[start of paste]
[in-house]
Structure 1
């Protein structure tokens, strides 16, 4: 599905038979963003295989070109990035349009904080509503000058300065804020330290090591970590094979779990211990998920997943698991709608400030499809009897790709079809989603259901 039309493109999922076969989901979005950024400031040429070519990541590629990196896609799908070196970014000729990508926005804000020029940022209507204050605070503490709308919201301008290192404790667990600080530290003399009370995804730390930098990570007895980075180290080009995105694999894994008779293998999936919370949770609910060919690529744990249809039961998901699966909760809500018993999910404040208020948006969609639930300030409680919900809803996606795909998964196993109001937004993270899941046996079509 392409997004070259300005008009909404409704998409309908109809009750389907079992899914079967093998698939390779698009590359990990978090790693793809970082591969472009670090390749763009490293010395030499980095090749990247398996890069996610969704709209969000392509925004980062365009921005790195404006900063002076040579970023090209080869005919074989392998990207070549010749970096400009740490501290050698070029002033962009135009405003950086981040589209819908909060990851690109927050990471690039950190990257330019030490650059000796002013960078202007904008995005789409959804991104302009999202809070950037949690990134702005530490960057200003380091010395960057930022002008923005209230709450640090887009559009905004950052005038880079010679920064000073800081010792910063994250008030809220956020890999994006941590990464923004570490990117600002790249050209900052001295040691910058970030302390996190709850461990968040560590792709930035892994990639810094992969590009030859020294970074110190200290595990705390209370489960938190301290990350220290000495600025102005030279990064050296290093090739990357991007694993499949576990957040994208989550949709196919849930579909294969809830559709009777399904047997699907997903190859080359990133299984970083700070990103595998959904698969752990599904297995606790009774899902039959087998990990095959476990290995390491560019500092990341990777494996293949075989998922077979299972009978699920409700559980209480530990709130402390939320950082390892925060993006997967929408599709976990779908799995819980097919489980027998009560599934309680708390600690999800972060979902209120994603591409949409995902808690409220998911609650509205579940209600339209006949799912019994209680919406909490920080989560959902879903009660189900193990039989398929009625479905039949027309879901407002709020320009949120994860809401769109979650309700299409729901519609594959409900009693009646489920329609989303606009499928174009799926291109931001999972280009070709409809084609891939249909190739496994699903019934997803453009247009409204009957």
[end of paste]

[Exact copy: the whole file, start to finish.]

[in-house]
Structure 1
């Protein structure tokens, strides 16, 4: 599905038979963003295989070109990035349009904080509503000058300065804020330290090591970590094979779990211990998920997943698991709608400030499809009897790709079809989603259901 039309493109999922076969989901979005950024400031040429070519990541590629990196896609799908070196970014000729990508926005804000020029940022209507204050605070503490709308919201301008290192404790667990600080530290003399009370995804730390930098990570007895980075180290080009995105694999894994008779293998999936919370949770609910060919690529744990249809039961998901699966909760809500018993999910404040208020948006969609639930300030409680919900809803996606795909998964196993109001937004993270899941046996079509 392409997004070259300005008009909404409704998409309908109809009750389907079992899914079967093998698939390779698009590359990990978090790693793809970082591969472009670090390749763009490293010395030499980095090749990247398996890069996610969704709209969000392509925004980062365009921005790195404006900063002076040579970023090209080869005919074989392998990207070549010749970096400009740490501290050698070029002033962009135009405003950086981040589209819908909060990851690109927050990471690039950190990257330019030490650059000796002013960078202007904008995005789409959804991104302009999202809070950037949690990134702005530490960057200003380091010395960057930022002008923005209230709450640090887009559009905004950052005038880079010679920064000073800081010792910063994250008030809220956020890999994006941590990464923004570490990117600002790249050209900052001295040691910058970030302390996190709850461990968040560590792709930035892994990639810094992969590009030859020294970074110190200290595990705390209370489960938190301290990350220290000495600025102005030279990064050296290093090739990357991007694993499949576990957040994208989550949709196919849930579909294969809830559709009777399904047997699907997903190859080359990133299984970083700070990103595998959904698969752990599904297995606790009774899902039959087998990990095959476990290995390491560019500092990341990777494996293949075989998922077979299972009978699920409700559980209480530990709130402390939320950082390892925060993006997967929408599709976990779908799995819980097919489980027998009560599934309680708390600690999800972060979902209120994603591409949409995902808690409220998911609650509205579940209600339209006949799912019994209680919406909490920080989560959902879903009660189900193990039989398929009625479905039949027309879901407002709020320009949120994860809401769109979650309700299409729901519609594959409900009693009646489920329609989303606009499928174009799926291109931001999972280009070709409809084609891939249909190739496994699903019934997803453009247009409204009957």